In Deghetto v Beaumont’s Seven Harbors White and Duck Lack Association, issued June 22, 2017 (Docket No. 330972) (Unpublished Opinion), the Michigan Court of Appeals recently ruled that a homeowners’ association could not continue to collect assessments after the restrictive covenant expired.
Category Archives: Michigan Real Estate Attorney
In Case of First Impression, Michigan Court of Appeals Rules that Foreclosure by Advertisement Sale Surplus Funds Must Be Distributed According to Priority of Interests in the Foreclosed Property
On May 9, 2017, the Michigan Court of Appeals issued an opinion in ‘In re $55,336.17 Surplus Funds. The Surplus Fund case is important as the Court was called on to interpret the procedure for distributing foreclosure sale surplus funds and determining the priority of parties claiming an interest in the surplus funds.
At some point in their lives, most adults have signed a lease agreement, whether it be the leasing of an automobile, an apartment on campus while attending college or renting a home. Since most of these leases are standard forms offered on a “take it or leave it” basis by the lessor or landlord, negotiating the base rent and term of the lease is typically the main and only focus for the lessee.
When a business enters into a commercial lease however, the lease is usually signed by the business entity itself, which is typically organized as a corporation or limited liability company. By forming a corporation or LLC, the owners of a business can shield themselves from personal liability for the debts of the business in most situations. Accordingly, when a business entity signs a commercial lease to rent space in a commercial building, the entity signing the lease, as opposed to the owners of the business entity, is the one legally responsible for making the payments under the lease.
House Bill 4463: Proposed Law Would Allow LLC’s to Pursue Landlord/Tenant Evictions without an Attorney
On March 30, 2017, Representatives VanSingel, Lucido, Sheppard, Webber, Howrylak and
Calley proposed House Bill 4463, which would amend MCL 600.101, et seq. by including a new section 5707. Under current Michigan law, a limited liability company (“LLC”) is required to be represented by an attorney for any landlord/tenant matters. The proposed law would allow single member LLCs (or two member LLCs if the two members are married) to handle evictions without requiring an attorney under certain circumstances.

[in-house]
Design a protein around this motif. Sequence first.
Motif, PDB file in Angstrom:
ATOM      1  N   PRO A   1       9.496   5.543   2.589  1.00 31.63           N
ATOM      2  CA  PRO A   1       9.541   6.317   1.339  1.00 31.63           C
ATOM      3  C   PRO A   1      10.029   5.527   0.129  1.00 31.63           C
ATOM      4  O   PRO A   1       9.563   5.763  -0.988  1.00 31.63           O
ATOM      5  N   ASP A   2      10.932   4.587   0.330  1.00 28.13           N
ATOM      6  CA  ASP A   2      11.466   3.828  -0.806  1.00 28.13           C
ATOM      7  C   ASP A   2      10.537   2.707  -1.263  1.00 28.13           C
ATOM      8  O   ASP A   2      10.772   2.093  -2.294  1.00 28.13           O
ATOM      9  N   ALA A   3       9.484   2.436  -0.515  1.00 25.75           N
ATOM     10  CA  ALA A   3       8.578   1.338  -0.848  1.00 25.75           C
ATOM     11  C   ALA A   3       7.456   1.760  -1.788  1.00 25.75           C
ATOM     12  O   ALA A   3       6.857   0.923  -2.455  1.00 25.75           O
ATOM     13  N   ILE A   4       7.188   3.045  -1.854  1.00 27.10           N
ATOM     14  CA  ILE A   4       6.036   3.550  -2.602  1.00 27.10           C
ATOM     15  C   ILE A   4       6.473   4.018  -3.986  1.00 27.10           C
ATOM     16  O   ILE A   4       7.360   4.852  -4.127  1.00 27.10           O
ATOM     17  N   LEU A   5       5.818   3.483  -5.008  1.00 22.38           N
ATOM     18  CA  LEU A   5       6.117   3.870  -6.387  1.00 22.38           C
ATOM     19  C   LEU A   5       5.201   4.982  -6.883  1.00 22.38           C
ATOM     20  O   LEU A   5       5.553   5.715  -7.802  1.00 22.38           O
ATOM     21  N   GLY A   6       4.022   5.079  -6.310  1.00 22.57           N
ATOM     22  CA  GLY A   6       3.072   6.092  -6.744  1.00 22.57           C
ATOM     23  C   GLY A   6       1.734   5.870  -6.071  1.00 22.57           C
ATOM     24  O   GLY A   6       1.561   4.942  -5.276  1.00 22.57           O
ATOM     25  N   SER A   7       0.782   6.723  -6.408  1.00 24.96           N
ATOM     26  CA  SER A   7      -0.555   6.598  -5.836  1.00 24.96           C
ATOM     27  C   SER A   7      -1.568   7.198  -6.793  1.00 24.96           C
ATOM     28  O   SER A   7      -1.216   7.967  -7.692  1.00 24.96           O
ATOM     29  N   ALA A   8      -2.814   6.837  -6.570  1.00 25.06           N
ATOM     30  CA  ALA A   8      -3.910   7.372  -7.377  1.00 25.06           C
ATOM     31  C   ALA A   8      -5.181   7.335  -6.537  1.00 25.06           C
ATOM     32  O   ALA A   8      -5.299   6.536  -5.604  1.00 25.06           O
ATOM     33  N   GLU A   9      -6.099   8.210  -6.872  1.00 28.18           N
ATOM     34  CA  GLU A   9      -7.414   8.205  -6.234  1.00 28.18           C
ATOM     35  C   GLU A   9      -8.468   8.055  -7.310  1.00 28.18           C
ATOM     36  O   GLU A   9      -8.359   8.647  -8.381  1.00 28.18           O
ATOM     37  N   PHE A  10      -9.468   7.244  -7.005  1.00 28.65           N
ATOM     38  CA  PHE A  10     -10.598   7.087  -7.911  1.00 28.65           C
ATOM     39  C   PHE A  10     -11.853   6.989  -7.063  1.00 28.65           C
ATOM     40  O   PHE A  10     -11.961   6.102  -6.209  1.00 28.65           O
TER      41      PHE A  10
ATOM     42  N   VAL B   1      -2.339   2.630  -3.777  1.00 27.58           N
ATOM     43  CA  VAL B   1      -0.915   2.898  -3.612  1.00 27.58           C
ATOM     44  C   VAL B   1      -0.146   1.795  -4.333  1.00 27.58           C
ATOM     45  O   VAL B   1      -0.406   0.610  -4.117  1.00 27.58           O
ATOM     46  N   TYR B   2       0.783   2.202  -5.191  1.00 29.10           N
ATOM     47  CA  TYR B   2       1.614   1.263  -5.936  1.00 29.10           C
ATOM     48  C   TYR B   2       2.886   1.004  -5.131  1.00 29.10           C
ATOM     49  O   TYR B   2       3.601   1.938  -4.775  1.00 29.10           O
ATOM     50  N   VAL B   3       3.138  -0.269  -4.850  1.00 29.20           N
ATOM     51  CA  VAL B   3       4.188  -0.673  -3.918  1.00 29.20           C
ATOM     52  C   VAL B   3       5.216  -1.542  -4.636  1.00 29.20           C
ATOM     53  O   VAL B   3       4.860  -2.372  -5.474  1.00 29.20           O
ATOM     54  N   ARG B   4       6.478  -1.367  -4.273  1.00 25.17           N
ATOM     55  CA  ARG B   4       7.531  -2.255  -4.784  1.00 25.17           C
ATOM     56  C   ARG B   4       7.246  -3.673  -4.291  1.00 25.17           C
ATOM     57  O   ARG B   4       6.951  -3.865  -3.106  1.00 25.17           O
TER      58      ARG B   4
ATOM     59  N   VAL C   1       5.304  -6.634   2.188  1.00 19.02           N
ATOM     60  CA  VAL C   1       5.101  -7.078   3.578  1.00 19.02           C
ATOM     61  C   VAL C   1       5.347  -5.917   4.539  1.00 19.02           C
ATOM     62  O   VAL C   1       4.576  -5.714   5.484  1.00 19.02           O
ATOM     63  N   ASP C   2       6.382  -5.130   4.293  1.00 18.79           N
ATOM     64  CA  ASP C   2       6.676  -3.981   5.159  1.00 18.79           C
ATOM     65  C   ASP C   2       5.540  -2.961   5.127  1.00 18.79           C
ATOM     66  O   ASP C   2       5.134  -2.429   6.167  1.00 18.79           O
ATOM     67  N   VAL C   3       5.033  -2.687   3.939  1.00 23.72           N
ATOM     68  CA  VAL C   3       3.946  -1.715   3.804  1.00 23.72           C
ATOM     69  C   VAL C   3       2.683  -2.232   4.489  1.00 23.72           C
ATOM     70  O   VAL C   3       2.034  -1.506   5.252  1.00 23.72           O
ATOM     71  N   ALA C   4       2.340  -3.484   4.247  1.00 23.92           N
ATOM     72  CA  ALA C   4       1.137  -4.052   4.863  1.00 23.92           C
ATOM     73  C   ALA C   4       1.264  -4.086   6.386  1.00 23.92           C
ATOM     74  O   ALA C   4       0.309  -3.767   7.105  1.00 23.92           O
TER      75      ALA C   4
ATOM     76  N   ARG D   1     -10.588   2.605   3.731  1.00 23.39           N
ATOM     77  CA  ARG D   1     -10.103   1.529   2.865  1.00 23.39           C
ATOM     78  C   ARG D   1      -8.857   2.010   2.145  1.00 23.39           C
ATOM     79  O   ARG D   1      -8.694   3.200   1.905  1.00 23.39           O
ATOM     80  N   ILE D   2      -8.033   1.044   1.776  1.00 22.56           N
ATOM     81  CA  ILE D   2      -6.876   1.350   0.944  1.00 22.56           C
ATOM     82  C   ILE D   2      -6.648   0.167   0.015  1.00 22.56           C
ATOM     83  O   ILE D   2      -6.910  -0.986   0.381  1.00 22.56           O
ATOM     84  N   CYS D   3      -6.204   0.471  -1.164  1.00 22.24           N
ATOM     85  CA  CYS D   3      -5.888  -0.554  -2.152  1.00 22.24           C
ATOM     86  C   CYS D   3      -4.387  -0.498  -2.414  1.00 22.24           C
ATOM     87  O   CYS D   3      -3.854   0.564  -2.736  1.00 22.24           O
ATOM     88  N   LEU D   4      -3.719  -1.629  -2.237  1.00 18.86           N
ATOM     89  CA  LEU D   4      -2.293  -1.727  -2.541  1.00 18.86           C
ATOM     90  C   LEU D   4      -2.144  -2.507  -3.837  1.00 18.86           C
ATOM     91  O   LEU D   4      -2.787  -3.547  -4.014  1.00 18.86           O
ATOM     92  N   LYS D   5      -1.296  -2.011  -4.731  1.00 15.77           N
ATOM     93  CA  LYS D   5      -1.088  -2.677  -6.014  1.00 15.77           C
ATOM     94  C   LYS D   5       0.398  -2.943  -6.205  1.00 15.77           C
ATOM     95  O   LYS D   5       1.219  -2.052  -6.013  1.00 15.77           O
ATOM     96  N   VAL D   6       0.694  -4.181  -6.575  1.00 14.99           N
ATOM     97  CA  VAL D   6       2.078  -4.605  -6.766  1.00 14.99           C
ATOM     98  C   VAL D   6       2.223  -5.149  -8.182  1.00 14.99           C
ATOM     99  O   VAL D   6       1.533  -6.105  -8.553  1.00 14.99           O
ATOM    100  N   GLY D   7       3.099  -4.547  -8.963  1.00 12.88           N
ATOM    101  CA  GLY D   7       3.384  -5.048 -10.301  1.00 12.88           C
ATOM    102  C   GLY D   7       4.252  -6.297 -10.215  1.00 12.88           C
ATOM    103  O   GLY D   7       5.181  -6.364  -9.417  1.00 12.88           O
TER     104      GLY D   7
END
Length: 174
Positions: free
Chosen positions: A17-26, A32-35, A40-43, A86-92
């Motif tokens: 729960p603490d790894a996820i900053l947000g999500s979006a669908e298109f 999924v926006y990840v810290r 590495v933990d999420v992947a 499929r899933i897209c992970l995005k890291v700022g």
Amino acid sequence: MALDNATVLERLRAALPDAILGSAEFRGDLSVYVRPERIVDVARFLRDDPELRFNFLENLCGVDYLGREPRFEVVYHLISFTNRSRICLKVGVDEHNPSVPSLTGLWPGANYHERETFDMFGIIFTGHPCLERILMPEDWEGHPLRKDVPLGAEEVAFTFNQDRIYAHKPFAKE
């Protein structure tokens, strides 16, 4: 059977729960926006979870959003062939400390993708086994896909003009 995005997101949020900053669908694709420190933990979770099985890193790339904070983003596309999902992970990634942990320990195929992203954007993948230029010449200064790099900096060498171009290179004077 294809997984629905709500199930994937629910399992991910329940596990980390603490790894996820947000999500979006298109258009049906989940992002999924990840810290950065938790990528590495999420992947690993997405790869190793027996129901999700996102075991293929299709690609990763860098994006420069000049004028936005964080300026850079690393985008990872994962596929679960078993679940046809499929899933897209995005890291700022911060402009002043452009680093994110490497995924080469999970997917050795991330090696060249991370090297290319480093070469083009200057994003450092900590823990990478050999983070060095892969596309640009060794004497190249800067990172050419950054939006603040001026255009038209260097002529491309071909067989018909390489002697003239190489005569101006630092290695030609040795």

First, the amount in dispute could not exceed the limit for small claims matters [currently $5,500]. Thus, if the damages exceeded $5,500 then an attorney would still be required. Second, the LLC may only be represented by a member, a property manager or other agent with direct and personal knowledge of the facts in the complaint.
Congratulations to Kevin Hirzel and Joe Wloszek who have both been selected as “Rising Stars” by Super Lawyers for 2017. Being named as a Rising Star is a significant honor as no more that 2.5 percent of attorneys in the state are awarded the designation each year. Super Lawyers is an organization which uses peer nominations and evaluations combined with independent research to recognize outstanding attorneys in different practice areas. This prestigious designation is reserved for attorneys who are either 40 years old or younger, or attorneys who have been in practice for 10 years or less.
Kevin Hirzel is a Partner at Cummings, McClorey, Davis & Acho, P.L.C. and runs the community association practice group. He frequently represents Builders, Community Associations, Condominium Associations, Cooperatives, Co-Owners, Developers, Homeowner Associations, Investors, Property Owners and Property Managers throughout the State of Michigan. Cummings, McClorey, Davis & Acho, P.L.C. has Michigan offices in Clinton Township, Grand Rapids, Livonia and Traverse City. Mr. Hirzel can be contacted at (734) 261-2400 or firstname.lastname@example.org.
Joe Wloszek is an attorney with the law firm of Cummings, McClorey, Davis & Acho, P.L.C. where he focuses his practice on dispute avoidance, condominium law, commercial litigation, commercial real estate, large contractual disputes, and title litigation. He has extensive litigation and trial experience in state and federal courts involving commercial litigation issues and real estate matters. He can be reached at (734) 261-2400 or email@example.com.
Please view The Michigan Real Estate Law Blog at http://www.michiganrelaw.com for additional resources on Michigan Real Estate Law.
A quiet title action is a type of lawsuit that resolves a dispute as to the ownership of real estate or resolves a dispute regarding an interest in real estate relating to somebody that may not be the owner of the real estate. Quiet title actions are often necessary to ensure that a property owner retains possession of their property and to ensure that the property owner has marketable title that can later be transferred. In Michigan, a quiet title action is authorized by statute. MCL 600.2932 provides as follows: Read more
Since 1846, Michigan has recognized a statutory right of dower in favor or women. Dower rights allowed for a widow of a deceased man to use 1/3 of the lands of her husband that were acquired during the marriage for the remainder of her life. The concept of dower is dated and has been eliminated in many states. At the end of 2015, the Michigan legislature passed a serious of bills that abolished dower in Michigan. Specifically, Senate Bill 558 provides as follows: Read more